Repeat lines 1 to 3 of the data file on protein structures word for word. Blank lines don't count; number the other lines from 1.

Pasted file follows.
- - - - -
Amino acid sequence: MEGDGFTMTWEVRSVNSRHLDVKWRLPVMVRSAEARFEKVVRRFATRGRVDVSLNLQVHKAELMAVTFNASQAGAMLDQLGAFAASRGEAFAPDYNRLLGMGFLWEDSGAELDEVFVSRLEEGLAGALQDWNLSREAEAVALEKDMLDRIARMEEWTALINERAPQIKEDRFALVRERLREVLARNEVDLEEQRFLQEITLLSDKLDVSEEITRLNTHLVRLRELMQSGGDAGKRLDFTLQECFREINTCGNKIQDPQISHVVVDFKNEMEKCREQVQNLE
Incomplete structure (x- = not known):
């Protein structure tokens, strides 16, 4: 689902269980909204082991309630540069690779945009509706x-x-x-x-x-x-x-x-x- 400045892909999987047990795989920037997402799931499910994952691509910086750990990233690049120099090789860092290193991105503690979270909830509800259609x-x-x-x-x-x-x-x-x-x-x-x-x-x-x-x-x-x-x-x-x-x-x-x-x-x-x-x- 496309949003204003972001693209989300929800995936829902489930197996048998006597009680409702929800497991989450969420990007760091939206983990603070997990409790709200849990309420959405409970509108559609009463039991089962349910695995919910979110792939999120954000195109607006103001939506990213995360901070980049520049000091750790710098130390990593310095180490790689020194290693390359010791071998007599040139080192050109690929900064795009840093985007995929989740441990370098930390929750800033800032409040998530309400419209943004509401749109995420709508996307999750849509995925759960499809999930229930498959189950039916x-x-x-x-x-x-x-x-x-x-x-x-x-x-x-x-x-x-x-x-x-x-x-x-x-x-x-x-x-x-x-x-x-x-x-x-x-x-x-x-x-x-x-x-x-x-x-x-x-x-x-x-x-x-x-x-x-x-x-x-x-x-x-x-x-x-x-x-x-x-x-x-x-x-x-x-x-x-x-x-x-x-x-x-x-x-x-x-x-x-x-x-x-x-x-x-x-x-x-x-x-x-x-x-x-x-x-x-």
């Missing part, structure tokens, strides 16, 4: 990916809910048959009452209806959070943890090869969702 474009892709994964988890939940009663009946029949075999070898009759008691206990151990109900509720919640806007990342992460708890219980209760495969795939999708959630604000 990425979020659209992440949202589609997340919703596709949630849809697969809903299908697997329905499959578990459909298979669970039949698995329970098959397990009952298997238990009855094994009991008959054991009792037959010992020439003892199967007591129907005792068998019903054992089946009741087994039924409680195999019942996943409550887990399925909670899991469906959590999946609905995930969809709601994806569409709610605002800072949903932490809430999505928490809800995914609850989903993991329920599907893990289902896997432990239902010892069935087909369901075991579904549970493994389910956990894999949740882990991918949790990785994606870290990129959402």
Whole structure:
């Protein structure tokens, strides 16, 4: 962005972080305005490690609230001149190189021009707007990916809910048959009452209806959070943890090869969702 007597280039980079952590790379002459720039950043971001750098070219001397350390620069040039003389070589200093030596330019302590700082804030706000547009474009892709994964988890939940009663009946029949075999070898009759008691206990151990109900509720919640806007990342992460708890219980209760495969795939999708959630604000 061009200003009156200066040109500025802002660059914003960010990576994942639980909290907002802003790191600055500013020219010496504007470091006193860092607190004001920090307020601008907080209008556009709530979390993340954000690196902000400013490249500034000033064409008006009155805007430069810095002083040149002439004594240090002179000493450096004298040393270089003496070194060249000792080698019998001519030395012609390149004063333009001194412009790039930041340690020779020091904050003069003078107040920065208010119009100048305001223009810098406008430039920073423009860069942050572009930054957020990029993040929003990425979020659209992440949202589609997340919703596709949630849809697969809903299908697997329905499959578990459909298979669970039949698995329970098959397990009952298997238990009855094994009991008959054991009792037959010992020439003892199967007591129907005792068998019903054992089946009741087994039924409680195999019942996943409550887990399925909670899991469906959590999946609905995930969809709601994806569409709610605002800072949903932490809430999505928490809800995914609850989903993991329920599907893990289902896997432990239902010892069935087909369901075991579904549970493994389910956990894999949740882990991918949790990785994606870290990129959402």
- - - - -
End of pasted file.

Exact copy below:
Amino acid sequence: MEGDGFTMTWEVRSVNSRHLDVKWRLPVMVRSAEARFEKVVRRFATRGRVDVSLNLQVHKAELMAVTFNASQAGAMLDQLGAFAASRGEAFAPDYNRLLGMGFLWEDSGAELDEVFVSRLEEGLAGALQDWNLSREAEAVALEKDMLDRIARMEEWTALINERAPQIKEDRFALVRERLREVLARNEVDLEEQRFLQEITLLSDKLDVSEEITRLNTHLVRLRELMQSGGDAGKRLDFTLQECFREINTCGNKIQDPQISHVVVDFKNEMEKCREQVQNLE
Incomplete structure (x- = not known):
């Protein structure tokens, strides 16, 4: 689902269980909204082991309630540069690779945009509706x-x-x-x-x-x-x-x-x- 400045892909999987047990795989920037997402799931499910994952691509910086750990990233690049120099090789860092290193991105503690979270909830509800259609x-x-x-x-x-x-x-x-x-x-x-x-x-x-x-x-x-x-x-x-x-x-x-x-x-x-x-x- 496309949003204003972001693209989300929800995936829902489930197996048998006597009680409702929800497991989450969420990007760091939206983990603070997990409790709200849990309420959405409970509108559609009463039991089962349910695995919910979110792939999120954000195109607006103001939506990213995360901070980049520049000091750790710098130390990593310095180490790689020194290693390359010791071998007599040139080192050109690929900064795009840093985007995929989740441990370098930390929750800033800032409040998530309400419209943004509401749109995420709508996307999750849509995925759960499809999930229930498959189950039916x-x-x-x-x-x-x-x-x-x-x-x-x-x-x-x-x-x-x-x-x-x-x-x-x-x-x-x-x-x-x-x-x-x-x-x-x-x-x-x-x-x-x-x-x-x-x-x-x-x-x-x-x-x-x-x-x-x-x-x-x-x-x-x-x-x-x-x-x-x-x-x-x-x-x-x-x-x-x-x-x-x-x-x-x-x-x-x-x-x-x-x-x-x-x-x-x-x-x-x-x-x-x-x-x-x-x-x-």